Iraq war protests around the world, ten years ago on Febr... Iraq war protests around the world, ten years ago on February 15, 2003.
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John McCain went roaring onto the Senate floor "calling on the entire Obama administration national security team to resign." McCain urged immediate action saying "Every hour the options become fewer and fewer as ISIS, the most radical terrorist group alive, sweeps across Iraq." On the House side, John Boehner mocked: ""What's the president doing? Taking a nap?"
Joe Cirincione, president of Ploughshares Fund, urges Obama not to get sucked into war and points out the current mess was the predictable result of the US invasion of Iraq. He points to the very first sentence of Tom Ricks' 2006,Fiasco which warns, "President George W. Bush's decision to invade Iraq in 2003 ultimately may come to be seen as one of the most profligate actions in the history of American foreign policy. The consequences won't be clear for decades." And the conclusion of the book predicts exactly what is happening today:
"So while there is a small chance that the Bush administration's inflexible optimism will be rewarded, that the political process will undercut the insurgency and that democracy will take hold in Iraq, there is a far greater chance of other, more troublesome outcomes: That Iraq will fall into civil war, or spark regional war, or eventually become home to an anti-American regime, or break up altogether. In any of these forms it would offer a new haven for terrorists."
Cirincione argues, in my view correctly, that renewing the war in Iraq would be another foreign policy blunder. The chaos in Iraq now was a predictable result of US military intervention and the US cannot correct this mistake with more war and violence. The United States has made a terrible mess out of Iraq. While we need to figure out how to make up for destroying the country, we also need to avoid any US military in Iraq which will make things worse.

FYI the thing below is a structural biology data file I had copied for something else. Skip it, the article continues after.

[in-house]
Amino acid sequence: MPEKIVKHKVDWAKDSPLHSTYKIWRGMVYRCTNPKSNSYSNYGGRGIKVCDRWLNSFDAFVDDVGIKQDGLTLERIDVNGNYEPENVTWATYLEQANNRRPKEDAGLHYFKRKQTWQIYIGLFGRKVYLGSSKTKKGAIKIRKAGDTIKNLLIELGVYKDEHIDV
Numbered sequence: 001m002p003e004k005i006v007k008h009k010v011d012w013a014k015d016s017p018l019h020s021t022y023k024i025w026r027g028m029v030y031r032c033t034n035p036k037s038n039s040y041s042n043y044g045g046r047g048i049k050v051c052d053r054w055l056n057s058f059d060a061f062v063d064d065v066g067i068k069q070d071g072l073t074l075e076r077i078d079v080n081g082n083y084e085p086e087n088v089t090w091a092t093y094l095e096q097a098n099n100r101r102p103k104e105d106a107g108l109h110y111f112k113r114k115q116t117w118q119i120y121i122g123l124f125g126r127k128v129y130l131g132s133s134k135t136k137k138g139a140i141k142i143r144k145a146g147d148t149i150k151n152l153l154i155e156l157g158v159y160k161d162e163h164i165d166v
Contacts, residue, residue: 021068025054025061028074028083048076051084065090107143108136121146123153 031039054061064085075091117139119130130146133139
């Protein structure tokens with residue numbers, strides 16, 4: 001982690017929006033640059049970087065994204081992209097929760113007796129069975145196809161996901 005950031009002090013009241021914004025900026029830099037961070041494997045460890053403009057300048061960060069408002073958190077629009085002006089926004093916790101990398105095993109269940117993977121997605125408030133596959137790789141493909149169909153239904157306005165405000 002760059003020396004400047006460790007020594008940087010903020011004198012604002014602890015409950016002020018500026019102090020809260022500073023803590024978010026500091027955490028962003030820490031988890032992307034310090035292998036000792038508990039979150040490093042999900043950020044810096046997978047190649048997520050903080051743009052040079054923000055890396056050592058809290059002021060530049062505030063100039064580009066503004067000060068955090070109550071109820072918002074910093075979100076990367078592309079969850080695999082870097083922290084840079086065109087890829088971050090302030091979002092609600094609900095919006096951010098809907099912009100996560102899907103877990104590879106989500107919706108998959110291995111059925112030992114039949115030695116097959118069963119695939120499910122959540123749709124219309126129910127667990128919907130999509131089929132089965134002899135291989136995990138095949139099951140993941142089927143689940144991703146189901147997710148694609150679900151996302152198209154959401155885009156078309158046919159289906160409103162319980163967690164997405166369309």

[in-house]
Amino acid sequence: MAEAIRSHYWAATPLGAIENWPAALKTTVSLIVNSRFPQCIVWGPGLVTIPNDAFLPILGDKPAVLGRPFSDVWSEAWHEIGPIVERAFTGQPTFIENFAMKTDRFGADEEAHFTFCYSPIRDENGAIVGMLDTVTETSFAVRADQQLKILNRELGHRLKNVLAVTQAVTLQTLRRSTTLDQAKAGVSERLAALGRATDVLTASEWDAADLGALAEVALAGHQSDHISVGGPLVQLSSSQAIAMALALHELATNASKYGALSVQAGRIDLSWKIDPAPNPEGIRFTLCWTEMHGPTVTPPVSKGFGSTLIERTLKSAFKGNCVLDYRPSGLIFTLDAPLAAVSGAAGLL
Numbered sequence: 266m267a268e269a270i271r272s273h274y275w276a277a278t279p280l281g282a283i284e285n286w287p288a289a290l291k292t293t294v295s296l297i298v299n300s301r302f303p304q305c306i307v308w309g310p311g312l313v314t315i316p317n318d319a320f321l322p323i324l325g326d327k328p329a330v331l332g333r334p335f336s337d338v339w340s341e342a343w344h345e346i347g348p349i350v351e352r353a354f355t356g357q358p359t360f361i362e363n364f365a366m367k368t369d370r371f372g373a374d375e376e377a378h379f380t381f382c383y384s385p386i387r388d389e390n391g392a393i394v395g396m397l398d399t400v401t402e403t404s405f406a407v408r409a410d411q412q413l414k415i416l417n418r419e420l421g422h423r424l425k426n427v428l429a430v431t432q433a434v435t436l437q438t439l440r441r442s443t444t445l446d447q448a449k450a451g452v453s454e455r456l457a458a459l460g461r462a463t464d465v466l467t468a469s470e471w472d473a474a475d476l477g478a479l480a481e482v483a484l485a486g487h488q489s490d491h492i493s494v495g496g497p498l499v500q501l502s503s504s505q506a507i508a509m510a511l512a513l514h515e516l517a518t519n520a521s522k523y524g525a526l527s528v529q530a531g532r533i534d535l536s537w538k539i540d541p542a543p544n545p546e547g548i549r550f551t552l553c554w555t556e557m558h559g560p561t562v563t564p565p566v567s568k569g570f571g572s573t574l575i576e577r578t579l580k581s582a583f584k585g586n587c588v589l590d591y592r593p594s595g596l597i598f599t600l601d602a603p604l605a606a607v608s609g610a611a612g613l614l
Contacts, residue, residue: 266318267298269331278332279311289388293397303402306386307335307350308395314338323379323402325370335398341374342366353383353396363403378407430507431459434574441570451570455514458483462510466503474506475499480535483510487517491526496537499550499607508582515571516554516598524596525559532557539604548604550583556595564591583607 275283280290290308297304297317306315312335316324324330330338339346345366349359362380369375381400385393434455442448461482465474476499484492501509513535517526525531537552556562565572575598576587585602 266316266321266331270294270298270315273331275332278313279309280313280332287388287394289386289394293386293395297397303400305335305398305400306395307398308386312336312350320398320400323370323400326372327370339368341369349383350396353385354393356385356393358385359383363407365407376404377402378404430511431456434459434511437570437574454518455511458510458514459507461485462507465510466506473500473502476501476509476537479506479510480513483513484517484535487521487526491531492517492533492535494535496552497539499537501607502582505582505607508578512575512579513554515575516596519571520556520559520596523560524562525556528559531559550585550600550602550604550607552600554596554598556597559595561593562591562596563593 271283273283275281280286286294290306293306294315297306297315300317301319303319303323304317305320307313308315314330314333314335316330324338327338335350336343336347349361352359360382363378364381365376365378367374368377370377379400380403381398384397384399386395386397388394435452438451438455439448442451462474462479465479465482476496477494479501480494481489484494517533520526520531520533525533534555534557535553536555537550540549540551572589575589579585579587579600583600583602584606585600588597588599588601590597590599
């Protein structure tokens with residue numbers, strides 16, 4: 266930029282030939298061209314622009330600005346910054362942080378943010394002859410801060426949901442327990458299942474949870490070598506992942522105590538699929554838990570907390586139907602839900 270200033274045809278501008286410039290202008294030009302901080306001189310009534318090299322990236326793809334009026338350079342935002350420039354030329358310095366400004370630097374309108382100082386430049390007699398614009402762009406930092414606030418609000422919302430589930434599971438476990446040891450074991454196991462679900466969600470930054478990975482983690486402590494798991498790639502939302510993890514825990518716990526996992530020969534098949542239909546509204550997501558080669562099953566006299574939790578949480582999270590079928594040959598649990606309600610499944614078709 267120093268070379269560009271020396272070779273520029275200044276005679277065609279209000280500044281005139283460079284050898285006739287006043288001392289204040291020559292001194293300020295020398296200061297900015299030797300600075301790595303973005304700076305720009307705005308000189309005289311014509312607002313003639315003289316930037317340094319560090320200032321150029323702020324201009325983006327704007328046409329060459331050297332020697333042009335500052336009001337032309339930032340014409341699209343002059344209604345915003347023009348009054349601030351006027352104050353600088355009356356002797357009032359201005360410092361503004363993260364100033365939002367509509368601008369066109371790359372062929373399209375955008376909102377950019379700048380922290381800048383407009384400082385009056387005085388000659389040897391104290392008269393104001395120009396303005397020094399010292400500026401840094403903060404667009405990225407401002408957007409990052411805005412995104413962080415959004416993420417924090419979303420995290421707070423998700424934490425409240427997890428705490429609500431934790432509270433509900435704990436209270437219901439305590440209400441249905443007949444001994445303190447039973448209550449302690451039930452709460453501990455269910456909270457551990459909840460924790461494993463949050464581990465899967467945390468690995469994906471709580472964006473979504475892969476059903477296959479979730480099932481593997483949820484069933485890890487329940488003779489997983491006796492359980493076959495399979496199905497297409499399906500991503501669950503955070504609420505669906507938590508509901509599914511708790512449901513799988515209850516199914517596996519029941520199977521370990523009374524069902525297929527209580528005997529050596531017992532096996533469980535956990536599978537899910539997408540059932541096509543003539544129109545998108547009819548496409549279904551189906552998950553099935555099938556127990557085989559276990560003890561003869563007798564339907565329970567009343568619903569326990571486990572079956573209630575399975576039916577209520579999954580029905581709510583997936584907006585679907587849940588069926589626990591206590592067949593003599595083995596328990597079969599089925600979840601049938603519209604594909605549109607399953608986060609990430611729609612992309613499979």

Interventionists in Washington, DC are urging President Obama to use military force and claim he has the authority to do so. Steven T. Dennis wrote in the inside-the-beltway CQ News "President Barack Obama has the authority to wage war in Iraq without going to Congress, because the original use of force authorization remains in effect." At a press conference on June 12, President Obama seemed to indicate he was open to that position saying he was "not ruling anything out" in Iraq. Later his press secretary clarified that Obama was only talking about aerial strikes, not troops on the ground. A day later, President Obama clarified further saying the US "is not simply going to involve itself in a military action in the absence of a political plan by the Iraqis that gives us some assurance that they're prepared to work together."
The Washington Post reports, the Pentagon's press secretary, Rear Adm. John F. Kirby, told reporters Friday that "it's important to remember that we have some 35,000 U.S. military personnel" already based in the Middle East region. Reportedly, Obama has ordered the Pentagon to develop a variety of military options. And, Secretary of State John Kerry said that a meeting had been held Thursday night about Iraq where a range of options was discussed, "including military action."
The issue of whether the president has the authority to go to war is a critical one. Under Article I, Section 8, Clause 11 of the United States Constitution the power to take the nation to war resides in the Congress, not with the president. The drafters of the Constitution did not want to give that important power to one person. This is important because as Cirincione points out "The American public long ago decided that the Iraq War was a mistake, that Iraq is not worth fighting for. It is the Washington elite that doesn't seem to have made up their minds." If the issue of military action is debated in Congress it is very likely that the American public will be very clear in opposing the US going to war. Just as the public said 'no' to war in Syria, they will say 'no' to war in Iraq.
The White House has been vague regarding whether or not the president needs the US Congress to authorize the use of military force, CQ reports:
When asked about getting Congress's permission to take action, Carney was noncommittal.
"We are in active consultation with members of Congress," he said.- Advertisement -
He demurred when asked directly about the 2002 resolution. An administration spokeswoman, Caitlin Hayden, told Yahoo in January that the administration supported repealing the Iraq AUMF.
A recent Congressional Research Service report says the authorization to use military force ( AUMF ) in Iraq had no expiration date and has not been repealed. Therefore it remains current law, "although its continued effectiveness is questionable.
However, this seems to be wishful war thinking by those who favor war. Anyone who reads the AUMF that authorized the Iraq invasion should see that the current situation does not apply. Here's the language:
SEC. 3. AUTHORIZATION FOR USE OF UNITED STATES ARMED FORCES.